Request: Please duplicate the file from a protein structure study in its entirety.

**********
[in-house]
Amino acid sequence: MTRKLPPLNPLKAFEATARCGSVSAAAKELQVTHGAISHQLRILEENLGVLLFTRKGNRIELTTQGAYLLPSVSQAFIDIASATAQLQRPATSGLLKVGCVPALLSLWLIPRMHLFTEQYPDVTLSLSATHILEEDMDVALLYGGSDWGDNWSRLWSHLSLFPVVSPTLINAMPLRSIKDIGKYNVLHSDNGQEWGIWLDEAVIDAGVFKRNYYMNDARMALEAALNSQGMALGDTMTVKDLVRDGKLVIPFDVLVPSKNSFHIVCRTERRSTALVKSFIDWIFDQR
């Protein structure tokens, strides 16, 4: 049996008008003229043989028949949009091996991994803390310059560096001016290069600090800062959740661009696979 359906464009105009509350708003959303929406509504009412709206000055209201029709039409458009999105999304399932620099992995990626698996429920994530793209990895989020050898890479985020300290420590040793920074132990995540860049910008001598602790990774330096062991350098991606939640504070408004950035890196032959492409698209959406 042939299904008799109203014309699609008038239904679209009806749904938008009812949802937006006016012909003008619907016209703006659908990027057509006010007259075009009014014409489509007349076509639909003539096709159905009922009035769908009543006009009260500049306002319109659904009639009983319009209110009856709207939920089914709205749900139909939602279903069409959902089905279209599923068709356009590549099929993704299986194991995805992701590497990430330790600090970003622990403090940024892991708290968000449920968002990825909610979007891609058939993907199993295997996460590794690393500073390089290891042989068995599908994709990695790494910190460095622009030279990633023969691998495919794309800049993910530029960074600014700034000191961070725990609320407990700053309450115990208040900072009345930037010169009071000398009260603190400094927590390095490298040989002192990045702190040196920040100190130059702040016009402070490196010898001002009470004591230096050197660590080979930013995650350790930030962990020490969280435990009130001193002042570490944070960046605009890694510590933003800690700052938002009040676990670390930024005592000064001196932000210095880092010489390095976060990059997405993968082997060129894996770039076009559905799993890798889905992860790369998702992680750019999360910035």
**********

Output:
[in-house]
Amino acid sequence: MTRKLPPLNPLKAFEATARCGSVSAAAKELQVTHGAISHQLRILEENLGVLLFTRKGNRIELTTQGAYLLPSVSQAFIDIASATAQLQRPATSGLLKVGCVPALLSLWLIPRMHLFTEQYPDVTLSLSATHILEEDMDVALLYGGSDWGDNWSRLWSHLSLFPVVSPTLINAMPLRSIKDIGKYNVLHSDNGQEWGIWLDEAVIDAGVFKRNYYMNDARMALEAALNSQGMALGDTMTVKDLVRDGKLVIPFDVLVPSKNSFHIVCRTERRSTALVKSFIDWIFDQR
């Protein structure tokens, strides 16, 4: 049996008008003229043989028949949009091996991994803390310059560096001016290069600090800062959740661009696979 359906464009105009509350708003959303929406509504009412709206000055209201029709039409458009999105999304399932620099992995990626698996429920994530793209990895989020050898890479985020300290420590040793920074132990995540860049910008001598602790990774330096062991350098991606939640504070408004950035890196032959492409698209959406 042939299904008799109203014309699609008038239904679209009806749904938008009812949802937006006016012909003008619907016209703006659908990027057509006010007259075009009014014409489509007349076509639909003539096709159905009922009035769908009543006009009260500049306002319109659904009639009983319009209110009856709207939920089914709205749900139909939602279903069409959902089905279209599923068709356009590549099929993704299986194991995805992701590497990430330790600090970003622990403090940024892991708290968000449920968002990825909610979007891609058939993907199993295997996460590794690393500073390089290891042989068995599908994709990695790494910190460095622009030279990633023969691998495919794309800049993910530029960074600014700034000191961070725990609320407990700053309450115990208040900072009345930037010169009071000398009260603190400094927590390095490298040989002192990045702190040196920040100190130059702040016009402070490196010898001002009470004591230096050197660590080979930013995650350790930030962990020490969280435990009130001193002042570490944070960046605009890694510590933003800690700052938002009040676990670390930024005592000064001196932000210095880092010489390095976060990059997405993968082997060129894996770039076009559905799993890798889905992860790369998702992680750019999360910035």